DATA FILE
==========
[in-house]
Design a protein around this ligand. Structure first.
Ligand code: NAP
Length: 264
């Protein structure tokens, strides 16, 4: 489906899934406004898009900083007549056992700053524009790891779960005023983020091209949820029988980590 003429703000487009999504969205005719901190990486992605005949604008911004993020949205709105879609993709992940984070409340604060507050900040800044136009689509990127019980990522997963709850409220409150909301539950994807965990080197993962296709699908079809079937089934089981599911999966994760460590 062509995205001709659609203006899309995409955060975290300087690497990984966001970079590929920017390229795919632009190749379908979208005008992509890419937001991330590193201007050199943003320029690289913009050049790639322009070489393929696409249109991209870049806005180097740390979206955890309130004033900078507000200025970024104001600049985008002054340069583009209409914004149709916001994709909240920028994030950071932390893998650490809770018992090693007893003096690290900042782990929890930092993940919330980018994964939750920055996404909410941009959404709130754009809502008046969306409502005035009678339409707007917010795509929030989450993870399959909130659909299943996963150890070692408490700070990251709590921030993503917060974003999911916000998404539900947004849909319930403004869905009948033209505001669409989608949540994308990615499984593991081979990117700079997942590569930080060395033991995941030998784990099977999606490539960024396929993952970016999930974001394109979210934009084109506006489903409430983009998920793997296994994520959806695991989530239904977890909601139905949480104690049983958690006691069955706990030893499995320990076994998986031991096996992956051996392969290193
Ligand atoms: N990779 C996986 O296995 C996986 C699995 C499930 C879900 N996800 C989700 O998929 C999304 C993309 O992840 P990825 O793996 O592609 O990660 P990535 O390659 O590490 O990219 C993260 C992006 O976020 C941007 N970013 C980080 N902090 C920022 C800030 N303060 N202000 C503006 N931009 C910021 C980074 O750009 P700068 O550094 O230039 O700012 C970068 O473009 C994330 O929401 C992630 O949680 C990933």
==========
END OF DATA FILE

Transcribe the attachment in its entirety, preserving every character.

[in-house]
Design a protein around this ligand. Structure first.
Ligand code: NAP
Length: 264
């Protein structure tokens, strides 16, 4: 489906899934406004898009900083007549056992700053524009790891779960005023983020091209949820029988980590 003429703000487009999504969205005719901190990486992605005949604008911004993020949205709105879609993709992940984070409340604060507050900040800044136009689509990127019980990522997963709850409220409150909301539950994807965990080197993962296709699908079809079937089934089981599911999966994760460590 062509995205001709659609203006899309995409955060975290300087690497990984966001970079590929920017390229795919632009190749379908979208005008992509890419937001991330590193201007050199943003320029690289913009050049790639322009070489393929696409249109991209870049806005180097740390979206955890309130004033900078507000200025970024104001600049985008002054340069583009209409914004149709916001994709909240920028994030950071932390893998650490809770018992090693007893003096690290900042782990929890930092993940919330980018994964939750920055996404909410941009959404709130754009809502008046969306409502005035009678339409707007917010795509929030989450993870399959909130659909299943996963150890070692408490700070990251709590921030993503917060974003999911916000998404539900947004849909319930403004869905009948033209505001669409989608949540994308990615499984593991081979990117700079997942590569930080060395033991995941030998784990099977999606490539960024396929993952970016999930974001394109979210934009084109506006489903409430983009998920793997296994994520959806695991989530239904977890909601139905949480104690049983958690006691069955706990030893499995320990076994998986031991096996992956051996392969290193
Ligand atoms: N990779 C996986 O296995 C996986 C699995 C499930 C879900 N996800 C989700 O998929 C999304 C993309 O992840 P990825 O793996 O592609 O990660 P990535 O390659 O590490 O990219 C993260 C992006 O976020 C941007 N970013 C980080 N902090 C920022 C800030 N303060 N202000 C503006 N931009 C910021 C980074 O750009 P700068 O550094 O230039 O700012 C970068 O473009 C994330 O929401 C992630 O949680 C990933």